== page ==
Once you purchase your taxi ticket, an attendant will direct you to a taxi queue where you’ll wait in line with other travelers until a car becomes available. Be warned. These taxi lines can be long if you’re traveling during rush hour. Expect to wait at least 30 minutes. Keep a few coins handy to tip the attendants if they help you load your bags into the taxi. 

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Uber

Average cost: $250 MXN to $500 MXN, depending on your destination.

I’ve heard a lot of conflicting accounts of travelers trying to use Uber from the Mexico City airport. Many have been successful, but there are potential obstacles too. 

Ubers are not technically permitted to operate out of the Mexico City airport, so it may be tricky to get one.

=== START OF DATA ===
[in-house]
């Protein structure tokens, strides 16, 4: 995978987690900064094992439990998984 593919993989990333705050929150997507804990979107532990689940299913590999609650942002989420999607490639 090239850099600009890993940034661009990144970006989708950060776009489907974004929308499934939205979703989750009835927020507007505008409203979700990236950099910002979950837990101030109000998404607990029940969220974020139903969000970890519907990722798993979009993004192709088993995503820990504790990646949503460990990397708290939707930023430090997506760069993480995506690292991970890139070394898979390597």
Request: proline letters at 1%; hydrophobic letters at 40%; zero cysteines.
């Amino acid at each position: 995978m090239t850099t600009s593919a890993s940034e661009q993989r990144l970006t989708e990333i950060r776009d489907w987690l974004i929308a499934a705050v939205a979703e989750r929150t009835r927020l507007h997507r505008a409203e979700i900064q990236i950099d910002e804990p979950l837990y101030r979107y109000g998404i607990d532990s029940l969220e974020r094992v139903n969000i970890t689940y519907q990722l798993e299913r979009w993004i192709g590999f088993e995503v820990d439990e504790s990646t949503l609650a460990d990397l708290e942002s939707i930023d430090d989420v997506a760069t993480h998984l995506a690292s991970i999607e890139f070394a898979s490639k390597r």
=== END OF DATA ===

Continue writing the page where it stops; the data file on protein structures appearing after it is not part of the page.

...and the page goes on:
I’ve taken Uber from the airport myself, and the drivers always instructed me to go to the “Departures” area to be picked up. However, the last time I did this was in 2019, and it sounds like things may have changed. 

I polled my Facebook Group to see what experiences others have had using Uber, and several people reported having successfully taken Ubers from the airport as recently as this week.

On the other hand, I’ve also heard of travelers having drivers cancel on them or asking them to meet somewhere a couple of blocks from the airport (not ideal if you have a lot of bulky luggage or fly in late at night).

These inconsistencies in rules and experiences are pretty common in Mexico– it just loves to keep us guessing! In my experience with other things of this nature, there may be long bouts of time where you can get Ubers from the airport without issue, and then suddenly, there will be a crackdown that makes it more challenging.